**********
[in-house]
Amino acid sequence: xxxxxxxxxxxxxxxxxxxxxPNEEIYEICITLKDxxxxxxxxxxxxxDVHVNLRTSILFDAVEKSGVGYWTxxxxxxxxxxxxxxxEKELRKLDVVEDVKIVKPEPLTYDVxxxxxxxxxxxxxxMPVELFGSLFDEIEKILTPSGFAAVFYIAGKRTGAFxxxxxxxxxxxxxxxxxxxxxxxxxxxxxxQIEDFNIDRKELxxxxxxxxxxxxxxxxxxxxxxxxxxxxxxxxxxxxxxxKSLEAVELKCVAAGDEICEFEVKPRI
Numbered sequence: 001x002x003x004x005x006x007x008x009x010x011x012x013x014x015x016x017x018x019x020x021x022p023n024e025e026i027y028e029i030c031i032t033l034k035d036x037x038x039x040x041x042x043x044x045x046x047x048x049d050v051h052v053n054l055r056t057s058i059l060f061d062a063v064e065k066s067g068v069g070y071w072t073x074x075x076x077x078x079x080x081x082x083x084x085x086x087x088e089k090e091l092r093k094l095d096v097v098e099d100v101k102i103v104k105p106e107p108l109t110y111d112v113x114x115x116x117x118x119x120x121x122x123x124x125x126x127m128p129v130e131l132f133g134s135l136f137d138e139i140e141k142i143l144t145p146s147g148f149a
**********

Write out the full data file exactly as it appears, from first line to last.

[in-house]
Amino acid sequence: xxxxxxxxxxxxxxxxxxxxxPNEEIYEICITLKDxxxxxxxxxxxxxDVHVNLRTSILFDAVEKSGVGYWTxxxxxxxxxxxxxxxEKELRKLDVVEDVKIVKPEPLTYDVxxxxxxxxxxxxxxMPVELFGSLFDEIEKILTPSGFAAVFYIAGKRTGAFxxxxxxxxxxxxxxxxxxxxxxxxxxxxxxQIEDFNIDRKELxxxxxxxxxxxxxxxxxxxxxxxxxxxxxxxxxxxxxxxKSLEAVELKCVAAGDEICEFEVKPRI
Numbered sequence: 001x002x003x004x005x006x007x008x009x010x011x012x013x014x015x016x017x018x019x020x021x022p023n024e025e026i027y028e029i030c031i032t033l034k035d036x037x038x039x040x041x042x043x044x045x046x047x048x049d050v051h052v053n054l055r056t057s058i059l060f061d062a063v064e065k066s067g068v069g070y071w072t073x074x075x076x077x078x079x080x081x082x083x084x085x086x087x088e089k090e091l092r093k094l095d096v097v098e099d100v101k102i103v104k105p106e107p108l109t110y111d112v113x114x115x116x117x118x119x120x121x122x123x124x125x126x127m128p129v130e131l132f133g134s135l136f137d138e139i140e141k142i143l144t145p146s147g148f149a